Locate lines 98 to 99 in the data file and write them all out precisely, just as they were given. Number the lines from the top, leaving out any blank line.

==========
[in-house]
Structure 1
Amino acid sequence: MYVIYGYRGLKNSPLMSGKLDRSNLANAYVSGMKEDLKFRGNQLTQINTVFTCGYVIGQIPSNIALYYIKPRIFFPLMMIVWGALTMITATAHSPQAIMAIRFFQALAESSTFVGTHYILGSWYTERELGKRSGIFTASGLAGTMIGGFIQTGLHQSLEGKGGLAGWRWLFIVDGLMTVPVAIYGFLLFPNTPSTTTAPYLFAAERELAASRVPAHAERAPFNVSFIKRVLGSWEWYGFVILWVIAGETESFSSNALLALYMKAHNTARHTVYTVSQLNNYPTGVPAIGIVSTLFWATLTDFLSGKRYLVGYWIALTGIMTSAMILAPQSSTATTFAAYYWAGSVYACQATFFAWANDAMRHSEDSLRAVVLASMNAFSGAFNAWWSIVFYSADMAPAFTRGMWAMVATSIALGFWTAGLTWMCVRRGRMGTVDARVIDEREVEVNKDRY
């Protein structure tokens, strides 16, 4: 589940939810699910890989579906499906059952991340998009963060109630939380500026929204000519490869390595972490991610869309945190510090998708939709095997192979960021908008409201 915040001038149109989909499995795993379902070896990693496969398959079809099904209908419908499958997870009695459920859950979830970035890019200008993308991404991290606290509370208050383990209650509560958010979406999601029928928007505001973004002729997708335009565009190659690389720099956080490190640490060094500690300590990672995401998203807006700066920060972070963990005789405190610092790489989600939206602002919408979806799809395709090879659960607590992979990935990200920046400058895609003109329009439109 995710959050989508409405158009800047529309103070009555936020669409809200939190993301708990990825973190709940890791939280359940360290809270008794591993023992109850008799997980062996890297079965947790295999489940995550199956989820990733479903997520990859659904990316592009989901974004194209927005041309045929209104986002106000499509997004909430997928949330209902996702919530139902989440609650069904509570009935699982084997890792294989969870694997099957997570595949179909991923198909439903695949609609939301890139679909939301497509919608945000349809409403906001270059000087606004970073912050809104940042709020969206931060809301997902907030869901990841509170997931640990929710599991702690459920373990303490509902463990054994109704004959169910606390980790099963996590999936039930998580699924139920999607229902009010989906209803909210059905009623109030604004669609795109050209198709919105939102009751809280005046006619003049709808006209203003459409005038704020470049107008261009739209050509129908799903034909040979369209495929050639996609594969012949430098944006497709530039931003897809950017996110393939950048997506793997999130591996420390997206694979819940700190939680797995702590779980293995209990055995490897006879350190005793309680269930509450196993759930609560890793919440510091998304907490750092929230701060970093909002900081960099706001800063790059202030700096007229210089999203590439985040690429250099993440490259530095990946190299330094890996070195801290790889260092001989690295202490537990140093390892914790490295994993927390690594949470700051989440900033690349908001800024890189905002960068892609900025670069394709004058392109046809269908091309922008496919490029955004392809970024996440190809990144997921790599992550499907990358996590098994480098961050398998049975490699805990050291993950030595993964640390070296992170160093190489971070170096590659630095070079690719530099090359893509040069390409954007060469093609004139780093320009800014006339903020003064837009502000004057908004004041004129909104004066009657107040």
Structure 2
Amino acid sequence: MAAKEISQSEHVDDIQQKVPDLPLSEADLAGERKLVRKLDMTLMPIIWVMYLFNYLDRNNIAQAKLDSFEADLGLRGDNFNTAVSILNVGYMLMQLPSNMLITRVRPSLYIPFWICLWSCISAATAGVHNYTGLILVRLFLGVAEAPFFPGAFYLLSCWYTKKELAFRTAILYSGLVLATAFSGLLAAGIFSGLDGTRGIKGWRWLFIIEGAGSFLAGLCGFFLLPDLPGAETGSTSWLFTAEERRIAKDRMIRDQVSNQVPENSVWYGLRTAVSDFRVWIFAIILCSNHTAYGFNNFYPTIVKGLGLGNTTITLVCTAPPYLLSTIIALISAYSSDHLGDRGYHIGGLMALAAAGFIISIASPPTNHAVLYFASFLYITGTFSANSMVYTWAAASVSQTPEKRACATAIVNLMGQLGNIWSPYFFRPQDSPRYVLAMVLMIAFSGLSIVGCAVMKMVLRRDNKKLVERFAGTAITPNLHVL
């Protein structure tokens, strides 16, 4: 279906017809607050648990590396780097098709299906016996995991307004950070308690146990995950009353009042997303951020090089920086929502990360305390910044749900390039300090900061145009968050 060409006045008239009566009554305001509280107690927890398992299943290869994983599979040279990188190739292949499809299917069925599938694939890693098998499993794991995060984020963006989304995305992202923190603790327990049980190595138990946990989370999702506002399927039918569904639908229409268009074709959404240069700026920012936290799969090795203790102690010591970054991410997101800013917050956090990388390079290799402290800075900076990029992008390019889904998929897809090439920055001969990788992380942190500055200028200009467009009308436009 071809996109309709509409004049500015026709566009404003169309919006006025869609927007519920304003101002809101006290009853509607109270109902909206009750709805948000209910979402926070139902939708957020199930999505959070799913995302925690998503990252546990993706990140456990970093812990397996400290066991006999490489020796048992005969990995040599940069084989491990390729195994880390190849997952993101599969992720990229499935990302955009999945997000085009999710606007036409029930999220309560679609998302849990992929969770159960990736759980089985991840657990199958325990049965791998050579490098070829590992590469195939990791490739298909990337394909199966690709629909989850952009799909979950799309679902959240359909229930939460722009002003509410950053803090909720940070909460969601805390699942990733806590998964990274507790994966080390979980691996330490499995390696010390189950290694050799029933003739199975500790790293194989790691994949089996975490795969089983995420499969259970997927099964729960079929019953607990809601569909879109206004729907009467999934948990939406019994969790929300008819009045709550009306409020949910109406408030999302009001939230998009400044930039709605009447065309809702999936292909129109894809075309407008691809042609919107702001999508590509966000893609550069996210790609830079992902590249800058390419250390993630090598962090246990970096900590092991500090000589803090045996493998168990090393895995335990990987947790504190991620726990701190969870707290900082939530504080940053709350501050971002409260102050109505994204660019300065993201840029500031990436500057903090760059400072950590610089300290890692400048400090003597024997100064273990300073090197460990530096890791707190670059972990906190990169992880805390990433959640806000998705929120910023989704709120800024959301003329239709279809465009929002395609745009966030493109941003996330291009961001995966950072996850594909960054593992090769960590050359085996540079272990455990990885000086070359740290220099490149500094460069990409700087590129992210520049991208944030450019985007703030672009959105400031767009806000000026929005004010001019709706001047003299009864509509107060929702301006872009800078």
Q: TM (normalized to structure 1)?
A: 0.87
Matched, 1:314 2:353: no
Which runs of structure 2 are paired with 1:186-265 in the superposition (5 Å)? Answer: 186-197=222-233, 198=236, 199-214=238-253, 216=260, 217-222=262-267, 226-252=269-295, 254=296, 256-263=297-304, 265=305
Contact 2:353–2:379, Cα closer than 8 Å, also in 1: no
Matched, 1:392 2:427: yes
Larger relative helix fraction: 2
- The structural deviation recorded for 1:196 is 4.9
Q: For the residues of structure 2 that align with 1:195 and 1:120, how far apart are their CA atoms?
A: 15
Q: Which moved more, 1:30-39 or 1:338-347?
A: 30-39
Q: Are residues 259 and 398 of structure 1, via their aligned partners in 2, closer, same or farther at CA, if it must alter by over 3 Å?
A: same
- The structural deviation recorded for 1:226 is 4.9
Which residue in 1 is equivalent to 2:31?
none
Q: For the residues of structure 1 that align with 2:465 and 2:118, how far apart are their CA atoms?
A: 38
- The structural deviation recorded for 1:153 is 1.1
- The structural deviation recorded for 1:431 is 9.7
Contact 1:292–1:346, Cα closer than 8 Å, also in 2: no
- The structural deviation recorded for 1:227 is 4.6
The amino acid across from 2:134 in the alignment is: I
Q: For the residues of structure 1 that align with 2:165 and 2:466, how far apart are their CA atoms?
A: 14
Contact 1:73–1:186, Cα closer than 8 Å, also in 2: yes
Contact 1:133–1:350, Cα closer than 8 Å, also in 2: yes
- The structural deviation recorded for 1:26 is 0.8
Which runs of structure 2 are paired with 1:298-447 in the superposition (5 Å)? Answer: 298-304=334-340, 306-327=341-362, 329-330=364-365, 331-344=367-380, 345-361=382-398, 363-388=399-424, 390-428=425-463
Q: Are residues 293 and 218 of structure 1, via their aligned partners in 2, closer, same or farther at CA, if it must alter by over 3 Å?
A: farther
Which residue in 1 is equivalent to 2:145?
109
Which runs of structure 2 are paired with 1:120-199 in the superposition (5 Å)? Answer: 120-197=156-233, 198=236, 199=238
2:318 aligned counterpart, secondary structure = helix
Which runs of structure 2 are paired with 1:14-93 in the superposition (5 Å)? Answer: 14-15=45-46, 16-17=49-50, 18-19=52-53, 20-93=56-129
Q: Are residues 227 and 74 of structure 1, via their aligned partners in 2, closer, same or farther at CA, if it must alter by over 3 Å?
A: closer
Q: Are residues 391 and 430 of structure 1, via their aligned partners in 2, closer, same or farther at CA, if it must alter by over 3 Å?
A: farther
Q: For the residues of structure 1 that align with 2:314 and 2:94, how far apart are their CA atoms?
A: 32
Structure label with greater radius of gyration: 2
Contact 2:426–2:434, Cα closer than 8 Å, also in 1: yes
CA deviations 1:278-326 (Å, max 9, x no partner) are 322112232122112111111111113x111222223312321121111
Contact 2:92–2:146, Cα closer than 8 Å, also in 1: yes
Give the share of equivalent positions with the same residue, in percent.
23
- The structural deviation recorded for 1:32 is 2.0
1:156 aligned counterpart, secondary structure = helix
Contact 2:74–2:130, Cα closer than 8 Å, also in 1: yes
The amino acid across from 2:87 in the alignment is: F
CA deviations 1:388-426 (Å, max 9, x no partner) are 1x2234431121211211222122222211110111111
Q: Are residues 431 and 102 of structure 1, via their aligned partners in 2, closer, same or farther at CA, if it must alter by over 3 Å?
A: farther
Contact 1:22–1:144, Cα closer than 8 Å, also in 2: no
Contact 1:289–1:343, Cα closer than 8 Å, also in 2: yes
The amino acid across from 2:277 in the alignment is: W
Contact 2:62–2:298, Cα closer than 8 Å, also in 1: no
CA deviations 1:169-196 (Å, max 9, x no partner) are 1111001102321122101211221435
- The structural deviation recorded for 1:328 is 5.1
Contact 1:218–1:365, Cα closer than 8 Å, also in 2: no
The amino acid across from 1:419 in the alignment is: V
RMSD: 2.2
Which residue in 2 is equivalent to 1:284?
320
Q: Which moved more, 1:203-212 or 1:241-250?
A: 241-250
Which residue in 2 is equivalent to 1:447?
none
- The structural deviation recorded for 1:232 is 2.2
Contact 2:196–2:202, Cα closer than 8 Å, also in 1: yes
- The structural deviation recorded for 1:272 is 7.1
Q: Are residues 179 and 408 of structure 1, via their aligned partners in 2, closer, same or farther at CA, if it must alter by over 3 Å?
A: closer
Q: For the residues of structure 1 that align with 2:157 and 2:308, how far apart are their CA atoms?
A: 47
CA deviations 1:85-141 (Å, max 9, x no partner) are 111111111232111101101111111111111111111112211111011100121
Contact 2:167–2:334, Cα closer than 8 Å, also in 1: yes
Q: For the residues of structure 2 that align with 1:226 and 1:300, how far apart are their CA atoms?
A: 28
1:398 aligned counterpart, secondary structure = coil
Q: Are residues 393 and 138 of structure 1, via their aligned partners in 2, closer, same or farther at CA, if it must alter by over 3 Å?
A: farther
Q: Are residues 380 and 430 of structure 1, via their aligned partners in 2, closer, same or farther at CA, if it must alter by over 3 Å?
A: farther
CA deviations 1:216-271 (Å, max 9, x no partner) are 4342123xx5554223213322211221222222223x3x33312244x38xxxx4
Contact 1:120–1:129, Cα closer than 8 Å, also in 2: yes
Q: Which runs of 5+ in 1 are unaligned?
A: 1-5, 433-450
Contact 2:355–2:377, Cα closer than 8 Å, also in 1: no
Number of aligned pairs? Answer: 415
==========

A: 1-5, 433-450
Contact 2:355–2:377, Cα closer than 8 Å, also in 1: no